an update for the week of march 28, 2005
today's workplace: the employee rights blog
Here's a Court That Gets It: Those whose lives are considered to be out of the mainstream, which seems to be more homogeneous by the minute these days, can find it as much of a challenge to educate the judicial system as it is to educate everyone else around them. They may not have much positive to say about the supposed qualities of judges to be learned, objective and fair. Every once in a while, however, a case comes along that demonstrates just how far we've traveled, when you can read the opinion and say that the court "gets it." In Barnes v. City of Cincinnati, a case involving a transgendered cop suing her employer, the 6th Circuit Court of Appeals demonstrates an understanding of gender stereotyping and transgendered issues that is unfortunately all too uncommon in the judicial system.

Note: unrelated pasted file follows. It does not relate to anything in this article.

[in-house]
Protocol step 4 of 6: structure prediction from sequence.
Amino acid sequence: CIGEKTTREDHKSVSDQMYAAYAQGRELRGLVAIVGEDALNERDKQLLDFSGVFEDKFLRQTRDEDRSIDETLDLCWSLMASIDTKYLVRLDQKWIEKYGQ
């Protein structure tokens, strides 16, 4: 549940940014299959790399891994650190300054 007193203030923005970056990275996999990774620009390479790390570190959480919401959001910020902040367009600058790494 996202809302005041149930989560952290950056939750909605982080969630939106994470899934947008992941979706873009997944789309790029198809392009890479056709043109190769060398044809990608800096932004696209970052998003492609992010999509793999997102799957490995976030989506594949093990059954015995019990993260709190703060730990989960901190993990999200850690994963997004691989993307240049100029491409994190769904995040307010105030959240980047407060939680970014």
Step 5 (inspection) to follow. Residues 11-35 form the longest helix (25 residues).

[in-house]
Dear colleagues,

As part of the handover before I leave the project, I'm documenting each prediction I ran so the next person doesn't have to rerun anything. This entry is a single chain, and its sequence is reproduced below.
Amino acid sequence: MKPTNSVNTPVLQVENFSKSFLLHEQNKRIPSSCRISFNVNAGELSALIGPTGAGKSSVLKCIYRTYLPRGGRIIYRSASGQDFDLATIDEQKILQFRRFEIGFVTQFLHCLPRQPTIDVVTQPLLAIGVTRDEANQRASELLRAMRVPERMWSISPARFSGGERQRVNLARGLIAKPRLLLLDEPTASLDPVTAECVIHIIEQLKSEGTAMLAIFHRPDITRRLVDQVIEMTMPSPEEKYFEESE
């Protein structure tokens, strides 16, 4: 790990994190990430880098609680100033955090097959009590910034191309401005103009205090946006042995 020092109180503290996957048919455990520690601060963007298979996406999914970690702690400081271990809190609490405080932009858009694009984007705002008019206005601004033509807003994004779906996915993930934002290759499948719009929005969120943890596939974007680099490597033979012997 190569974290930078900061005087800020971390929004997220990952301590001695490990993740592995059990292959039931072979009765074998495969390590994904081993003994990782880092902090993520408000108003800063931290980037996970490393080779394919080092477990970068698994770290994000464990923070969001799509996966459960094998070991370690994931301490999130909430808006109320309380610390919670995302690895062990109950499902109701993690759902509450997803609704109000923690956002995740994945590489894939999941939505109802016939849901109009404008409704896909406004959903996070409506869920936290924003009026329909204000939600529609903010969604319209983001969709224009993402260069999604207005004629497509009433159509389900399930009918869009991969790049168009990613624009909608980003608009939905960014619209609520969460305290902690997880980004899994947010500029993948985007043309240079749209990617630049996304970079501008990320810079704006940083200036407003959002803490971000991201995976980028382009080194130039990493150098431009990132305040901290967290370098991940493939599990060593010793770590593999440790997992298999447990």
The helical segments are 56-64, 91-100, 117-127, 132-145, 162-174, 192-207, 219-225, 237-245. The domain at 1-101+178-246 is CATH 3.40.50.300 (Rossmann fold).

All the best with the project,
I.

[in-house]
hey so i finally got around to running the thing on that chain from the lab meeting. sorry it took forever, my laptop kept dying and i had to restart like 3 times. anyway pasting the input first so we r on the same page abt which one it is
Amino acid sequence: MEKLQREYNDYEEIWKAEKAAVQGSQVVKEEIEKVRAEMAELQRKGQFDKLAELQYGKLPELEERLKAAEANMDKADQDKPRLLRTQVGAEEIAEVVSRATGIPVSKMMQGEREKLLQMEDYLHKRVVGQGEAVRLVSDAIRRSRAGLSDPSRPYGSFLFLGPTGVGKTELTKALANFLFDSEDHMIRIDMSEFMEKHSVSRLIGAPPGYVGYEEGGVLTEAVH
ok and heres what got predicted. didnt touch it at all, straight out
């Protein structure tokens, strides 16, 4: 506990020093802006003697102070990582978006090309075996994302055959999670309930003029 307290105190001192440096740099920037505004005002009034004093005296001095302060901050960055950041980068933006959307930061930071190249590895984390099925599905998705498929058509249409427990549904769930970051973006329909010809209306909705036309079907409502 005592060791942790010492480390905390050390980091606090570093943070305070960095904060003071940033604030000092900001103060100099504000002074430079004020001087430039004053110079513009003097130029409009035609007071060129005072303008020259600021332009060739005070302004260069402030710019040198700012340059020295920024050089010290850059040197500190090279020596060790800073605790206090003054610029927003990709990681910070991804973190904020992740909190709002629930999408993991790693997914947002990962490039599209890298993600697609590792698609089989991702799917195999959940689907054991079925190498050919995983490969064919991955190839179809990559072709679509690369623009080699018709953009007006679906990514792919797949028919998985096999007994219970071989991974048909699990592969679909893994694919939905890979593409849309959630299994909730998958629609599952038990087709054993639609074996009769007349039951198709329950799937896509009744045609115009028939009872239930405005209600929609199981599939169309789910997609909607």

Gone Today, and Yesterday Never Was: We all know of so many ways that employers can stack the deck against employees, but now employers have a new tool in their arsenal, courtesy of the National Labor Relations Board (NLRB). Now, unless an employee is a member of a union, he or she must face an employer alone, rather than being allowed to have a co-worker present as a witness during a meeting with the employer which could lead to disciplinary action. Given that it is proving increasingly difficult to make any dent in the number of American workers, 106 million, who are not members of a union, this decision makes it even more likely that employers will exercise their ability to terminate employees at will.
this week in the courts
Barnes v. City of Cincinnati  (Sixth Circuit; No. 03-4110, 04-3320)
Decision Date: March 22, 2005
In a sexual discrimination suit, a jury verdict in favor of plaintiff is affirmed where he produced sufficient evidence for a reasonable jury to find that defendant-City intentionally discriminated against him because of his failure to conform to sex stereotypes.
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